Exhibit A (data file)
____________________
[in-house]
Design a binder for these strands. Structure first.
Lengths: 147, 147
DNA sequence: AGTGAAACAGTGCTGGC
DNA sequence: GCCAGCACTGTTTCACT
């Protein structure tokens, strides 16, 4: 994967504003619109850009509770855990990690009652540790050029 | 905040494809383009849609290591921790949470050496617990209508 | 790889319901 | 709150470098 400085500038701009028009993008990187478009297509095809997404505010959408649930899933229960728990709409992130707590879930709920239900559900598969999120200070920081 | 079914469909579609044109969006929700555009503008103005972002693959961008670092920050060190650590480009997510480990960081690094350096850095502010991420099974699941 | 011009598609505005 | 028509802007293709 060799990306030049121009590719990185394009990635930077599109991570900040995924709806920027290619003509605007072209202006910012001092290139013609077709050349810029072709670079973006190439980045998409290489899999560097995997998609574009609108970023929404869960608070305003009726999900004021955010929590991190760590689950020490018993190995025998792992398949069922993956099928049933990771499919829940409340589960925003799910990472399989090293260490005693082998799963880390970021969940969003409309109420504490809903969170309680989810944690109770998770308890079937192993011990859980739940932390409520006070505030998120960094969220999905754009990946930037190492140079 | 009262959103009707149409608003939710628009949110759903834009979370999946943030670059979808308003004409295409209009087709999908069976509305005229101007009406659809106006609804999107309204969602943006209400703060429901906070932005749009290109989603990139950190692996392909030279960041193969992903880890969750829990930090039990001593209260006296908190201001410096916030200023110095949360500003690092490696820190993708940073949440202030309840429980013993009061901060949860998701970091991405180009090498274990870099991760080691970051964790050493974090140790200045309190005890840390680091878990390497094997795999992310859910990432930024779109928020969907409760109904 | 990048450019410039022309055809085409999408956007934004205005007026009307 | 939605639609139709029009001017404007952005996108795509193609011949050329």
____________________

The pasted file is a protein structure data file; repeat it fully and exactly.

[in-house]
Design a binder for these strands. Structure first.
Lengths: 147, 147
DNA sequence: AGTGAAACAGTGCTGGC
DNA sequence: GCCAGCACTGTTTCACT
């Protein structure tokens, strides 16, 4: 994967504003619109850009509770855990990690009652540790050029 | 905040494809383009849609290591921790949470050496617990209508 | 790889319901 | 709150470098 400085500038701009028009993008990187478009297509095809997404505010959408649930899933229960728990709409992130707590879930709920239900559900598969999120200070920081 | 079914469909579609044109969006929700555009503008103005972002693959961008670092920050060190650590480009997510480990960081690094350096850095502010991420099974699941 | 011009598609505005 | 028509802007293709 060799990306030049121009590719990185394009990635930077599109991570900040995924709806920027290619003509605007072209202006910012001092290139013609077709050349810029072709670079973006190439980045998409290489899999560097995997998609574009609108970023929404869960608070305003009726999900004021955010929590991190760590689950020490018993190995025998792992398949069922993956099928049933990771499919829940409340589960925003799910990472399989090293260490005693082998799963880390970021969940969003409309109420504490809903969170309680989810944690109770998770308890079937192993011990859980739940932390409520006070505030998120960094969220999905754009990946930037190492140079 | 009262959103009707149409608003939710628009949110759903834009979370999946943030670059979808308003004409295409209009087709999908069976509305005229101007009406659809106006609804999107309204969602943006209400703060429901906070932005749009290109989603990139950190692996392909030279960041193969992903880890969750829990930090039990001593209260006296908190201001410096916030200023110095949360500003690092490696820190993708940073949440202030309840429980013993009061901060949860998701970091991405180009090498274990870099991760080691970051964790050493974090140790200045309190005890840390680091878990390497094997795999992310859910990432930024779109928020969907409760109904 | 990048450019410039022309055809085409999408956007934004205005007026009307 | 939605639609139709029009001017404007952005996108795509193609011949050329």